During Newport, Rhode Island’s month-long Christmas festival thousands of clear lights shine in shop windows and homes. If you visit, take a moment to appreciate the elegant Georgian building downtown that hangs no lights from its eaves. It’s Touro Synagogue, the oldest existing temple in America, and a testament to Rhode Island’s greatest gift to this country: freedom of religion.
The Puritans who founded Boston fled England to avoid persecution, but they sought religious freedom only to be free to persecute others. Roger Williams, a dissident among dissidents, pointed out this hypocrisy and was soon banished from the Massachusetts Bay Colony. He traveled south and founded Providence, the first English settlement in the future colony of Rhode Island, as a place where people of all religions could practice openly.
The extent of this tolerance was tested in 1658, when a ship pulled into Newport Harbor carrying neither the Quakers nor the Anabaptists to whom Williams was accustomed, but 15 families of Sephardic Jews from Barbados. But Williams truly meant “all religions,” and the tiny community was welcomed. During the next century, new groups arrived, and in 1759-1763 they erected Touro Synagogue. President George Washington came to Newport in 1790 while campaigning for the Bill of Rights, which embraces Williams’s great experiment as a pillar of our democracy. In a letter to Touro’s congregation, Washington praised them and assured them that the United States “gives to bigotry no sanction, to persecution no assistance.”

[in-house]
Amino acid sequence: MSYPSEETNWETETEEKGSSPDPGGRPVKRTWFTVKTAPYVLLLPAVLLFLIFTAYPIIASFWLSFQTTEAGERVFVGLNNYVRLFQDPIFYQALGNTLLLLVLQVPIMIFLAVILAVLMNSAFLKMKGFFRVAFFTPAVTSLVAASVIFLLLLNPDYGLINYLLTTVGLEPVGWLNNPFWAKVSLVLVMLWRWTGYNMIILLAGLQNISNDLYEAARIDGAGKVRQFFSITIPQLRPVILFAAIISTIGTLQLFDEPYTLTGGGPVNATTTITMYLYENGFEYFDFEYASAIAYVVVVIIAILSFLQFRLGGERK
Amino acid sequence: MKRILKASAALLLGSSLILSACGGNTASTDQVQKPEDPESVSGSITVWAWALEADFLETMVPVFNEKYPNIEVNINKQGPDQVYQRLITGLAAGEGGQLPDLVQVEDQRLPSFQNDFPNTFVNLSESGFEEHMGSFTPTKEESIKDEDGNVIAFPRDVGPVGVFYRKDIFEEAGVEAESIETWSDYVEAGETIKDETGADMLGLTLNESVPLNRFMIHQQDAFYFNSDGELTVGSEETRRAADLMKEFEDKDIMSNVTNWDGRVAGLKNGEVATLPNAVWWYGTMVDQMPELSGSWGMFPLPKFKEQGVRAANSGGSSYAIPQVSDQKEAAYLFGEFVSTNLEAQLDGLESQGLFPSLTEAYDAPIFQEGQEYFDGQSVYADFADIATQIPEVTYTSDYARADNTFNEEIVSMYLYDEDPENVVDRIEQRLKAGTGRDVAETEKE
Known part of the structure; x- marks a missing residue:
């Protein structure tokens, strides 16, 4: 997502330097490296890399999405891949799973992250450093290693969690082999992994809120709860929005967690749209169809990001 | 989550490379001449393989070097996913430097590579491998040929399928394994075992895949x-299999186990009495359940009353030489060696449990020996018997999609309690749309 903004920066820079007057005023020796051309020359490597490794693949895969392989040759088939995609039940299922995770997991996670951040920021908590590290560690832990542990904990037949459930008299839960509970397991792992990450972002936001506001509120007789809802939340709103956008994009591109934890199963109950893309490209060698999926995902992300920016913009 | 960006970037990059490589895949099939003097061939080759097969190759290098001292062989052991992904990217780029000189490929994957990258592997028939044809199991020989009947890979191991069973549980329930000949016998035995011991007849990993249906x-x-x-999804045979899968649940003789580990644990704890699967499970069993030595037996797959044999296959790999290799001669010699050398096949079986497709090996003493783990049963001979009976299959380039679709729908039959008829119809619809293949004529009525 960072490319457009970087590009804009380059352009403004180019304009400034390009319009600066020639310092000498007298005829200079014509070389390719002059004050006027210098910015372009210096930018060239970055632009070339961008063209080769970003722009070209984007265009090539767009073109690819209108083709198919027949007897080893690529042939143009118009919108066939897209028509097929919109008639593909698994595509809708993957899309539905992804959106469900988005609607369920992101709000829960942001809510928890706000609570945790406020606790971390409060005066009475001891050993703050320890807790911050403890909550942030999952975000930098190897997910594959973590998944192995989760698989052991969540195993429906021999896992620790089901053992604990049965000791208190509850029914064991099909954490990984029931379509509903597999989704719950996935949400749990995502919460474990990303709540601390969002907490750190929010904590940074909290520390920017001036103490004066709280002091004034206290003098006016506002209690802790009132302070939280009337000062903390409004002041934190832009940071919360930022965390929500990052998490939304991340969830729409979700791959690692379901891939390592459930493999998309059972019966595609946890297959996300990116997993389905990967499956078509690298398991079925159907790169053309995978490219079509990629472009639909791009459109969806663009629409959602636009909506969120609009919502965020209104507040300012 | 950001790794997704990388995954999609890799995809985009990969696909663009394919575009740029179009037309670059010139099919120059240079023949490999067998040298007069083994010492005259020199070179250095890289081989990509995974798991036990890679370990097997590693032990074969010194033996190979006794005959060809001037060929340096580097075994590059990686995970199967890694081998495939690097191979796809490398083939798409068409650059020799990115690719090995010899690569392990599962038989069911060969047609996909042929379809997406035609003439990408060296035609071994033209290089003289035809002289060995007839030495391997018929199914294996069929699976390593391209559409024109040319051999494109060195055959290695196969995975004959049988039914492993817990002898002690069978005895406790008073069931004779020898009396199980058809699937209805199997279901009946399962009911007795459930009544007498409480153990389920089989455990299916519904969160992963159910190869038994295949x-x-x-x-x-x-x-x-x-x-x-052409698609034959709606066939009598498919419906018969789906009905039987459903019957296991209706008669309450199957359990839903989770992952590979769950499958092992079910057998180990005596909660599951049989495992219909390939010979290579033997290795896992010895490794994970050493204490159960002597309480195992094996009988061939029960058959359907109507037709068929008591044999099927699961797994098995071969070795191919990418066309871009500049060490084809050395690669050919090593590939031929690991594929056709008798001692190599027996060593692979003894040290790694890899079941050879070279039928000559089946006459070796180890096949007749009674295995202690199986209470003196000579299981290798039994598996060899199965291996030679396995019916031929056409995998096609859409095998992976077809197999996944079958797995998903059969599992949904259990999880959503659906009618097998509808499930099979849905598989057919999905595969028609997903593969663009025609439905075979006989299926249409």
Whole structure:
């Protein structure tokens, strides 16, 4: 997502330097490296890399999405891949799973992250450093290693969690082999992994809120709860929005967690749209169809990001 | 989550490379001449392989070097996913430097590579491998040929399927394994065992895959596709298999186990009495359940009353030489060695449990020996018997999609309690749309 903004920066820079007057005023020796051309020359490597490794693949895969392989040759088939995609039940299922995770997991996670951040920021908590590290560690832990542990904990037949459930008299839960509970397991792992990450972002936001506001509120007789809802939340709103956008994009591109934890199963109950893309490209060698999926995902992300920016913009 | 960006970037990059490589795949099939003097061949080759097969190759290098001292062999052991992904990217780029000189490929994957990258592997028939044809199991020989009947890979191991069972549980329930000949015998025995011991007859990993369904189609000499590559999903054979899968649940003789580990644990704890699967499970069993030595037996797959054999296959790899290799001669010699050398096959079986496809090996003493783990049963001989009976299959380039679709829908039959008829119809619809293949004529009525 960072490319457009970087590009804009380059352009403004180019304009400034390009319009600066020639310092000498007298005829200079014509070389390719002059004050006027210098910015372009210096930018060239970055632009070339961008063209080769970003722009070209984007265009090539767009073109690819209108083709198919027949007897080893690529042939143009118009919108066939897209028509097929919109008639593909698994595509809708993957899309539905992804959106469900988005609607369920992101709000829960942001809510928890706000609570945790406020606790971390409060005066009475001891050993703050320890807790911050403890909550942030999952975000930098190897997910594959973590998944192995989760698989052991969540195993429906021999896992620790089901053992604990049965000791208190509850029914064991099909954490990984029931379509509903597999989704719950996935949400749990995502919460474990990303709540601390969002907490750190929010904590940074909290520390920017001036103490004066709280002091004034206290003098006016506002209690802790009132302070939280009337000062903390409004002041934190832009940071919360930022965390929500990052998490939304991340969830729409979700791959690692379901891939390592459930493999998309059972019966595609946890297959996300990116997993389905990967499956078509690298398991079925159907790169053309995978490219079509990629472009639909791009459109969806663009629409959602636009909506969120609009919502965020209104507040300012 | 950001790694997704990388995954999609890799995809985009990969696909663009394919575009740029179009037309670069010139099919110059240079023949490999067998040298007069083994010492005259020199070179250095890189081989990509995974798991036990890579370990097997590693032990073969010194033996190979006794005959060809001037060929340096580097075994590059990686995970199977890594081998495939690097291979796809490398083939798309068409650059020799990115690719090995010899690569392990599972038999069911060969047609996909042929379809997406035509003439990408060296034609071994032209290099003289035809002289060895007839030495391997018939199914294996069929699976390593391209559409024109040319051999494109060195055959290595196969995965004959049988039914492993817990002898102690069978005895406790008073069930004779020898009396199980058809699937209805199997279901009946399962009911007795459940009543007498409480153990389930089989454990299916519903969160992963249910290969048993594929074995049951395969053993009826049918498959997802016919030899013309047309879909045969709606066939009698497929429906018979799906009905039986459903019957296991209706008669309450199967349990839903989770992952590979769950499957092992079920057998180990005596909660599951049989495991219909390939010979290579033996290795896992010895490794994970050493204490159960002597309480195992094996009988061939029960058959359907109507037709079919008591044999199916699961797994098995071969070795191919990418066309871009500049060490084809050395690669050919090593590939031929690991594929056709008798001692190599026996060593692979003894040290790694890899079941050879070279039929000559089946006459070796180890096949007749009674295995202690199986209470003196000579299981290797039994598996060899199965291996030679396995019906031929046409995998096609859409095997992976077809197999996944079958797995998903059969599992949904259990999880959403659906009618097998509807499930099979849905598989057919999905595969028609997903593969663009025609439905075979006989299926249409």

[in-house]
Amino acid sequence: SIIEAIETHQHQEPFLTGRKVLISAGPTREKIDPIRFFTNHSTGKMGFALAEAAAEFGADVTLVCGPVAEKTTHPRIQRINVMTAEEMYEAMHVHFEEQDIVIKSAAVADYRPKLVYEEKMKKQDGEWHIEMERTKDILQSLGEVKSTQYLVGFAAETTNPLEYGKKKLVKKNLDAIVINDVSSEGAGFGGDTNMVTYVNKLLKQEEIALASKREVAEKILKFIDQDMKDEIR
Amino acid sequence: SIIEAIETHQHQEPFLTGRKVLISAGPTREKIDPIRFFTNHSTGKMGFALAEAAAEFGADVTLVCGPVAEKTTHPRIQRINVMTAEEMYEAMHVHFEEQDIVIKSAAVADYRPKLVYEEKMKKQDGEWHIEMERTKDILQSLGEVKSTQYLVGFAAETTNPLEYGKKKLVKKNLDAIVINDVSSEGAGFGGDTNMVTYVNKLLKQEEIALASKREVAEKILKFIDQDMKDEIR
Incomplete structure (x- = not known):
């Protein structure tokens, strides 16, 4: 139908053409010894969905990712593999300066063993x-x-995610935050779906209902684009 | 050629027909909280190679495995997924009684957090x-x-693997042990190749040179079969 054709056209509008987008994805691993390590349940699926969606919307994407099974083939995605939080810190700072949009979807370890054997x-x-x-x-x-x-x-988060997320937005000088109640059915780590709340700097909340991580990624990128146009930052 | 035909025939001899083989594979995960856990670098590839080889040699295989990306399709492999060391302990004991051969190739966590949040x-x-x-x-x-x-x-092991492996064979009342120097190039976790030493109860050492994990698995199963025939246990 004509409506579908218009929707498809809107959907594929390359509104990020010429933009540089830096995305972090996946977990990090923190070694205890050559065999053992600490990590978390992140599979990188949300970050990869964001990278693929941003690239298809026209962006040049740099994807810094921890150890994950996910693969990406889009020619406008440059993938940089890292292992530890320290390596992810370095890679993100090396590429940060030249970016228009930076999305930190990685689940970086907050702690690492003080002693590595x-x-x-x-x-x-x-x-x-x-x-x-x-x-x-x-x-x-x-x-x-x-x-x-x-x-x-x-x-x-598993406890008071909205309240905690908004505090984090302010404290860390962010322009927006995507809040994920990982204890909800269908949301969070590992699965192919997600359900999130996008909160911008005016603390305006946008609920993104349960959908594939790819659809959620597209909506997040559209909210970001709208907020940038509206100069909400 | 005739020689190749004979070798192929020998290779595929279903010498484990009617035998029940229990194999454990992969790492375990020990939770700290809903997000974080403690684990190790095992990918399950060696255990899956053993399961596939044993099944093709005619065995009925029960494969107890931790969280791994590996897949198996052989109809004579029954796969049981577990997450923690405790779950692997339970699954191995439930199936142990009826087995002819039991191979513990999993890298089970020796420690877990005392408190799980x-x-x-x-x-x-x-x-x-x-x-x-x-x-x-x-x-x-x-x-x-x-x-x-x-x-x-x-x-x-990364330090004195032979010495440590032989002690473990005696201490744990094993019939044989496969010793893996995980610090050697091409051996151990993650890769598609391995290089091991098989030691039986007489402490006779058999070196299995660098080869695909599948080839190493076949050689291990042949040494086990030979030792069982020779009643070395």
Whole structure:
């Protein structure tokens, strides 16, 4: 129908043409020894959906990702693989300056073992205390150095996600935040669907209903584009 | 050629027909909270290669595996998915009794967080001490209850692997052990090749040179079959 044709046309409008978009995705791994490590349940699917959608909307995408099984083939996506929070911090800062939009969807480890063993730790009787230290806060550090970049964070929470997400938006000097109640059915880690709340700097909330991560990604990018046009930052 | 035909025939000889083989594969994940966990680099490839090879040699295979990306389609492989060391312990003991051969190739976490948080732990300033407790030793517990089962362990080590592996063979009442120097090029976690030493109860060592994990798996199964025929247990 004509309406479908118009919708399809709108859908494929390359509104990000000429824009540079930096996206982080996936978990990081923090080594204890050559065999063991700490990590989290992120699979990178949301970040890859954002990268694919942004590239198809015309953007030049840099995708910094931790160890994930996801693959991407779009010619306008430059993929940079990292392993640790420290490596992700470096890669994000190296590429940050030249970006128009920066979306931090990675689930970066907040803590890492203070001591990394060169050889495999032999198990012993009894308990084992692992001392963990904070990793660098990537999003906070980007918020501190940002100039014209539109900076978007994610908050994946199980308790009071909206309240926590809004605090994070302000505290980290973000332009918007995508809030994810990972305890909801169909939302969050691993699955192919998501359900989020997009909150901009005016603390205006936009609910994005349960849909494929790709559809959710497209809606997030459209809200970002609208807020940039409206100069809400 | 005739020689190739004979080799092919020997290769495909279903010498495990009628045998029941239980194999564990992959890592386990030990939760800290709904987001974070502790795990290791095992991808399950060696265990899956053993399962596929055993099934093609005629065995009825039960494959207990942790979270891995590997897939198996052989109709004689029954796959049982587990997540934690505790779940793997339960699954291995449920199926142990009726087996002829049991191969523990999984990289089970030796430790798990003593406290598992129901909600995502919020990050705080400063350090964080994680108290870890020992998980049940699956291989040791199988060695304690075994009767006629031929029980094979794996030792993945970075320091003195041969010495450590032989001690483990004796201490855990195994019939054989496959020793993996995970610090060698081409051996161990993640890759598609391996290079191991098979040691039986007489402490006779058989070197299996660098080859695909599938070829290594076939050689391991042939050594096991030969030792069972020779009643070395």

Still an active synagogue, Touro welcomes visitors to come and reflect on that moment when, by giving a home to those 15 Jewish families, Newport put America on the path to becoming a place where all faiths may celebrate as proudly and as brightly as they please.
85 Touro St.
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